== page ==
Saipan — Every time there’s news about corruption or corruption allegations involving an NMI government official, someone, locals included, will inevitably “remember” that Magellan called these islands “Ladrones,” the Spanish word for thieves.
But did he?
Magellan landed not on any of the Northern Mariana Islands but on Guam where the natives made off with a small rowboat of the Spaniards. So, Magellan called the islanders “thieves,” and Guam and all the nearby islands “Islas de los Ladrones.”
Here was a man whose goal was to seize control of foreign lands and subjugate their peoples whether they liked it or not. And he who was after plunder was the one who called his intended victims “thieves.”
Says Robert F. Rogers in Destiny’s Landfall: A History of Guam:
“The Europeans were unaware of a traditional custom among many Pacific islanders whereby new arrivals on an island present gifts to their hosts, who can take whatever they wish from the newcomers. The Chamorros, a communal people, also did not share the European’s concept of individual items as private possessions not to be taken without the permission of the owner. Pigafetta [Magellan’s assistant] noted that the Chamorros ‘have no lord or superior’ and were not awed by the Europeans, perhaps because the latter appeared weak and bedraggled after their harrowing trans-Pacific voyage.”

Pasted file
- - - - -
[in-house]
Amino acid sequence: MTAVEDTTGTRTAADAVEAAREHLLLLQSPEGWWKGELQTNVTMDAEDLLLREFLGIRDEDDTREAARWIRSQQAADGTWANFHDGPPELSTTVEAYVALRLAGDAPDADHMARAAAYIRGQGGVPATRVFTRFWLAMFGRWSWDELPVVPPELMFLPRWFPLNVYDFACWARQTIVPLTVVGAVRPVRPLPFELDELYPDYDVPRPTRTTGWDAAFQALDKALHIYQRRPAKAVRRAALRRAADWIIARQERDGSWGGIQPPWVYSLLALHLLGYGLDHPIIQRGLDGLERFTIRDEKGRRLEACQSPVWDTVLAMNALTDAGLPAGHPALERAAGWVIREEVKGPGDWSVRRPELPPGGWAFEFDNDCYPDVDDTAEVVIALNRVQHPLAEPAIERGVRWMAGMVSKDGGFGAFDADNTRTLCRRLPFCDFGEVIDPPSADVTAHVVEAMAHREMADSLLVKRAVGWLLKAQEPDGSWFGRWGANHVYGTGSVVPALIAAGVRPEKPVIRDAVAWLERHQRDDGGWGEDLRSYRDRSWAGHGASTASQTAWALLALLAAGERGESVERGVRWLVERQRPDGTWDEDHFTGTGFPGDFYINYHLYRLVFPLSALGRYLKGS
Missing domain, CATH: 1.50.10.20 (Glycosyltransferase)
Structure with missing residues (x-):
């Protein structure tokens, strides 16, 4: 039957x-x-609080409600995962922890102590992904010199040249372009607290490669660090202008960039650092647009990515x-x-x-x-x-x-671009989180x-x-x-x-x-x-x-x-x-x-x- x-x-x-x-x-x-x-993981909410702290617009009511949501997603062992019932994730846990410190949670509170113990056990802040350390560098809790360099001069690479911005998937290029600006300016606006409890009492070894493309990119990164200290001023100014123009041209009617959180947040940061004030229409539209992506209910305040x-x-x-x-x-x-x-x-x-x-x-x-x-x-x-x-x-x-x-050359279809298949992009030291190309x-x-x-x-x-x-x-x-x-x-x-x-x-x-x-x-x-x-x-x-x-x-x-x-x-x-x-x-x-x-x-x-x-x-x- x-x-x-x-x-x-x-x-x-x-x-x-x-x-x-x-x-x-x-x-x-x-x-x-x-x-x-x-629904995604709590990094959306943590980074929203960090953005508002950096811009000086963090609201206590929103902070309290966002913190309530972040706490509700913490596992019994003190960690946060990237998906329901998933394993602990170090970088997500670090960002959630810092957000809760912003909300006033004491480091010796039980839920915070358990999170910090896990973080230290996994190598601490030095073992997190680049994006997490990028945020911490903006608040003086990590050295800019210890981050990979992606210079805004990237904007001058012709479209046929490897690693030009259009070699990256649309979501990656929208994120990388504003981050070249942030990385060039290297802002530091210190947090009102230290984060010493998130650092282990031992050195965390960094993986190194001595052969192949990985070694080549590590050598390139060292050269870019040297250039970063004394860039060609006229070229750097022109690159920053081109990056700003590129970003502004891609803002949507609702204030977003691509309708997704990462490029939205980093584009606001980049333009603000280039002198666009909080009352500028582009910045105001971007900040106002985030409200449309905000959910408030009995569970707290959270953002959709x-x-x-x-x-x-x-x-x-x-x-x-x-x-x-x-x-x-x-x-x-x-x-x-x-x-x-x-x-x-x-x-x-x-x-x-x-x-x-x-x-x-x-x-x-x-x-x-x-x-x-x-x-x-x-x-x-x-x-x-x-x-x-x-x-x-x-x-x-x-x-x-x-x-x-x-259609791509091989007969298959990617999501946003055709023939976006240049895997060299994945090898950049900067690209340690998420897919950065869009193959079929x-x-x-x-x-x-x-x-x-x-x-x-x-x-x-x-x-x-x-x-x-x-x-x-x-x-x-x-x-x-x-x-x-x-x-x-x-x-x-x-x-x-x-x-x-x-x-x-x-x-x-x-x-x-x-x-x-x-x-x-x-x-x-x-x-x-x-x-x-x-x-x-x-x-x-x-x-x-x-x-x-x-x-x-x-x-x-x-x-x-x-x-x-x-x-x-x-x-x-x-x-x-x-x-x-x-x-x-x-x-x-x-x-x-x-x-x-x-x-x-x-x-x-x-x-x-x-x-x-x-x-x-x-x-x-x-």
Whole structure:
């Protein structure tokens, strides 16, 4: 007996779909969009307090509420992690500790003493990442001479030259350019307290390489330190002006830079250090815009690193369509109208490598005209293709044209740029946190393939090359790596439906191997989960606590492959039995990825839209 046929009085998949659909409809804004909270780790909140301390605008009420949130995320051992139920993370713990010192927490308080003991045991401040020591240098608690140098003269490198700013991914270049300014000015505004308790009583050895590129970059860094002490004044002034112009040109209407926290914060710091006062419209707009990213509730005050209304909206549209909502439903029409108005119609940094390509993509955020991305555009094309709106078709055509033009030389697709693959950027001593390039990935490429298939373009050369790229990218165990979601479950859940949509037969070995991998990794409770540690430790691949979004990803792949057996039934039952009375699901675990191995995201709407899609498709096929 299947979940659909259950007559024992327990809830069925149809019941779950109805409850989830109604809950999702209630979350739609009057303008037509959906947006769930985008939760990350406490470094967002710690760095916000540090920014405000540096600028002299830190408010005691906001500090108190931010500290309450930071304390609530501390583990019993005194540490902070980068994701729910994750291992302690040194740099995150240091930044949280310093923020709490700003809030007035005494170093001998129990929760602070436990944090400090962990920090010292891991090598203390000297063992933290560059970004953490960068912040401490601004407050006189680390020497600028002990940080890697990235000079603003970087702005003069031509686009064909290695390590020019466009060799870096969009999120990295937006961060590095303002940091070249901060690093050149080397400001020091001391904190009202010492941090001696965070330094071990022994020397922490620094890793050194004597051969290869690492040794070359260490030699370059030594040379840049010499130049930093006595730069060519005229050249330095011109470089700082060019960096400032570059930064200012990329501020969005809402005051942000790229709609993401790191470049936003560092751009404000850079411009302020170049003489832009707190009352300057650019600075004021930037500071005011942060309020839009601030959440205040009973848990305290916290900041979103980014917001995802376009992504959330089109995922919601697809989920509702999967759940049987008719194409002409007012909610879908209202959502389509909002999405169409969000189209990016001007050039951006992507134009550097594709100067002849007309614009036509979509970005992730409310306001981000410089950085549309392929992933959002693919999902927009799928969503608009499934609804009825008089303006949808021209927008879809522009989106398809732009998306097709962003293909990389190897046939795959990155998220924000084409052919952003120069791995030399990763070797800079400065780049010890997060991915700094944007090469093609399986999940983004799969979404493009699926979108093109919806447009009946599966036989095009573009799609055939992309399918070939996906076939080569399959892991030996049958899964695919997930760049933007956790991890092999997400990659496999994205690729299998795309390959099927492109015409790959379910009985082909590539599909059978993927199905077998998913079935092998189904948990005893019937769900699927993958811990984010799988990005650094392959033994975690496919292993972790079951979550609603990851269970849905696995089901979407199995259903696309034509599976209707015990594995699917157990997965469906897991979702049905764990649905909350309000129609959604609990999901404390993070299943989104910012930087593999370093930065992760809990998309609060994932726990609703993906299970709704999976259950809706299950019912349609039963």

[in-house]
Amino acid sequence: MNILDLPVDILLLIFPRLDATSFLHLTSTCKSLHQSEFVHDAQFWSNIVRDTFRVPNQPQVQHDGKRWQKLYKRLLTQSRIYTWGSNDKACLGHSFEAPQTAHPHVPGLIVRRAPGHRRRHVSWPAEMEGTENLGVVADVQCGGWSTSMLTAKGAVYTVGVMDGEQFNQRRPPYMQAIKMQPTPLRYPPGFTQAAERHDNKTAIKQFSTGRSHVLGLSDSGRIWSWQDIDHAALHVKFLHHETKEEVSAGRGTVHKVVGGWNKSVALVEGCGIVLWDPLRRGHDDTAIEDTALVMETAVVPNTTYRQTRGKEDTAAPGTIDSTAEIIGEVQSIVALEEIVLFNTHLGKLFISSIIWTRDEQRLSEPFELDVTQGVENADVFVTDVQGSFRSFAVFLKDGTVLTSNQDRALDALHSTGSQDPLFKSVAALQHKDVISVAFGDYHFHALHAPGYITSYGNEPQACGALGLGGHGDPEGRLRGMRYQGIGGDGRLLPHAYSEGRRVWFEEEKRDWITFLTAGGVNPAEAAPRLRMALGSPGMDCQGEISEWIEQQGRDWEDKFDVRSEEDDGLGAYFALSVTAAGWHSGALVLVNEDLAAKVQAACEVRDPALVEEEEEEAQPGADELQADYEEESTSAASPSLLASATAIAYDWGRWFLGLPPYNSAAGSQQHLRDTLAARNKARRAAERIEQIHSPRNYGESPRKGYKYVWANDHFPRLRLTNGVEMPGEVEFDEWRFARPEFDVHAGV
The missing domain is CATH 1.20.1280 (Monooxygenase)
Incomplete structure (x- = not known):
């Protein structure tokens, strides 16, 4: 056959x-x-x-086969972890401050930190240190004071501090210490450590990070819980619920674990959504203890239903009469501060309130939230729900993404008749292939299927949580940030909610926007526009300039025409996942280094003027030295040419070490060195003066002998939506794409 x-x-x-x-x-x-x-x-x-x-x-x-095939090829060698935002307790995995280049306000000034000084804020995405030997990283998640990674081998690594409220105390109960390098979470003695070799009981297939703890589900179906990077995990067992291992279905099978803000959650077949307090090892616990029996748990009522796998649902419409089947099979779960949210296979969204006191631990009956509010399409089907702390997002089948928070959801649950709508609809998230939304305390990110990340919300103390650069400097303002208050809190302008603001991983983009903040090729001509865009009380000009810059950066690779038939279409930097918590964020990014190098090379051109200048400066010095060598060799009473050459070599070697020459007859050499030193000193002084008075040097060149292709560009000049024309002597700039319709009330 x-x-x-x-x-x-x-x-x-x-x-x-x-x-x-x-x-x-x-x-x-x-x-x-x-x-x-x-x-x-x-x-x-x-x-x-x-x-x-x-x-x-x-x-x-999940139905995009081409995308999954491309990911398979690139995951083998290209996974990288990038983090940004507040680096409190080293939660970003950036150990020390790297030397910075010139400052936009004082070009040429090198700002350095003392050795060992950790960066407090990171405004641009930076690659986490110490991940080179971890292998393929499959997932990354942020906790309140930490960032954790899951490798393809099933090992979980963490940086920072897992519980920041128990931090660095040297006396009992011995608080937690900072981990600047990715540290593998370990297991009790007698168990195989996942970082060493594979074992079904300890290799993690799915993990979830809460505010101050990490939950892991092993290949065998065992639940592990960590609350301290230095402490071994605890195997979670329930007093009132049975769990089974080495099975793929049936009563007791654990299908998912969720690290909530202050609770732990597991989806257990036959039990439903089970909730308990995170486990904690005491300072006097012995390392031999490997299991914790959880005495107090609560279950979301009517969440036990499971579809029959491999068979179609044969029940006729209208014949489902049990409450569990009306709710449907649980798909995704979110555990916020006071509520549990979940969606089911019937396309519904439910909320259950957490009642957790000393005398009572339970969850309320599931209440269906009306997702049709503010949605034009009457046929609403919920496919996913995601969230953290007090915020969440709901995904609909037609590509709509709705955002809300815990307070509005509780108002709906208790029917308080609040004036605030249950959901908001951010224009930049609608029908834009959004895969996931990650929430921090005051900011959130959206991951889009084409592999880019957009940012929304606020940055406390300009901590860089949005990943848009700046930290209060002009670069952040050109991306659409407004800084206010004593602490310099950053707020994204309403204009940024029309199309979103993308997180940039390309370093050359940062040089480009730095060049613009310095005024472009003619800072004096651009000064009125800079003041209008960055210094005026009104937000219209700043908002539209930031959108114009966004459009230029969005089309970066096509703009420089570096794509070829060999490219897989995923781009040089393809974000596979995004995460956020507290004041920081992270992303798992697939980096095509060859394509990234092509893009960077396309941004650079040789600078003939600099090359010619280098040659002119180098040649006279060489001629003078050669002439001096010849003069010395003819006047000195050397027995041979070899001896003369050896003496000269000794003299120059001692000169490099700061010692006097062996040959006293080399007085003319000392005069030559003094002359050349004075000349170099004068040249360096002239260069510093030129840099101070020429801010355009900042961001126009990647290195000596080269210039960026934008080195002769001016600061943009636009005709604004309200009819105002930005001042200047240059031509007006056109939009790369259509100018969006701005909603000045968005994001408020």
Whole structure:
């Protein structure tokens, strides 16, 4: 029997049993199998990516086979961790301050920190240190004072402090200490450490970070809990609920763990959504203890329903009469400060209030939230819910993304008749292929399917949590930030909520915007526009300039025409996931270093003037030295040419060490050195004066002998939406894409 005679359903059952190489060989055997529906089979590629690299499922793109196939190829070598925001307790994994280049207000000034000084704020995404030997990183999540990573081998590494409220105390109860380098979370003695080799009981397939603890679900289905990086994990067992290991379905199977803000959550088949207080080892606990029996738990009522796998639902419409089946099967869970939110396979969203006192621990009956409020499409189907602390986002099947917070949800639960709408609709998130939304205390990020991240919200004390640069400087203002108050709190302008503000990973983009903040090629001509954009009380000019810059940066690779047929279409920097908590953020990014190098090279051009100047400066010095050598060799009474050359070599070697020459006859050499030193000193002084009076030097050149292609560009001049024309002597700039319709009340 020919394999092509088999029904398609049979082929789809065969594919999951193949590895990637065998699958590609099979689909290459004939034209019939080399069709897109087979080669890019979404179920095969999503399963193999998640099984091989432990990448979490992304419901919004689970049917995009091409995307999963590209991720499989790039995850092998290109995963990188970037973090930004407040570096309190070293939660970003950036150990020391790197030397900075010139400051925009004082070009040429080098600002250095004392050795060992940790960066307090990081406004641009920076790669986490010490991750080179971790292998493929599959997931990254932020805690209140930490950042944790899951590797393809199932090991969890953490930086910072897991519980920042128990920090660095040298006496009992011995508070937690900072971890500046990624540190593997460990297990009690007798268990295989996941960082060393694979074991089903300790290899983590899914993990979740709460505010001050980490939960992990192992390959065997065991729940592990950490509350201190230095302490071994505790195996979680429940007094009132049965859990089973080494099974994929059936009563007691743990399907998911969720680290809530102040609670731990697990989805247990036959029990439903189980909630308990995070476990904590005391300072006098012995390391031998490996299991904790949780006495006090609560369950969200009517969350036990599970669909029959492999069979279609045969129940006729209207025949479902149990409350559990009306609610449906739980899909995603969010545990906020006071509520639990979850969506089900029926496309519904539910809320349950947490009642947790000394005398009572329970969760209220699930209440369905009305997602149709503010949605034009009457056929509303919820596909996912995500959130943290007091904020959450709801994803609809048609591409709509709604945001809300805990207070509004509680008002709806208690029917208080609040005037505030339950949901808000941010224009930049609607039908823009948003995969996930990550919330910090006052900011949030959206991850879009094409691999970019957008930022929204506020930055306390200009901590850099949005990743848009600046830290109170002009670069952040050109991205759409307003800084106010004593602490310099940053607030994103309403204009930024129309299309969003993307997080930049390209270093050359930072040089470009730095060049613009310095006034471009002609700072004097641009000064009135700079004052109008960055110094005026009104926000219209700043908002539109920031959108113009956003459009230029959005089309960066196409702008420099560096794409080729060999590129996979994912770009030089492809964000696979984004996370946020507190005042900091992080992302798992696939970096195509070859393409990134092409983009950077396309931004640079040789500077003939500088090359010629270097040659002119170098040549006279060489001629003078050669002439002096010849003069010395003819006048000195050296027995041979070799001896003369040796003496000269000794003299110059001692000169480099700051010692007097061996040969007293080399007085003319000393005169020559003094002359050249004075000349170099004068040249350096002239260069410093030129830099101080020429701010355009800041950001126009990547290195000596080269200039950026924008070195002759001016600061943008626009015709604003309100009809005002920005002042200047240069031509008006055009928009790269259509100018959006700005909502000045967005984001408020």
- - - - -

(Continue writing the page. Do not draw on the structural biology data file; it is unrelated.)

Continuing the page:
George Fritz, the district officer of Saipan during the German administration of the NMI, wrote a slim book about the Chamorros of the Northern Marianas that was first published in 1904. One of his main sources was the French Jesuit Charles Le Gobien (1653-1708) who noted that the Chamorros “despise murder and thievery.” It was an injustice, Le Gobien added, to call their islands the Ladrones. “Instead of being thieves, they lived in such complete trust that they do not even lock their houses. Everything is left open and no one steals from his neighbor. They are generous and like to bring joy to others. The Spaniards discovered this during the shipwreck of the ‘Concepcion’ [a Spanish galleon that went aground off the Agrigan area of Saipan] in the year 1638. Those saved were welcomed as friends and they tried to alleviate their fate through hospitality.”
Calling these islands, Guam included, “ladrones” is a misnomer as all historians now acknowledge. It persists here, of all places, mainly because of intellectual laziness on the part of those who see the local people’s actions and NMI events reflected in the carnival mirror that is “culture,” which apparently is an affliction or “fate.” And this leads to stereotyping, that ever handy substitute for observation.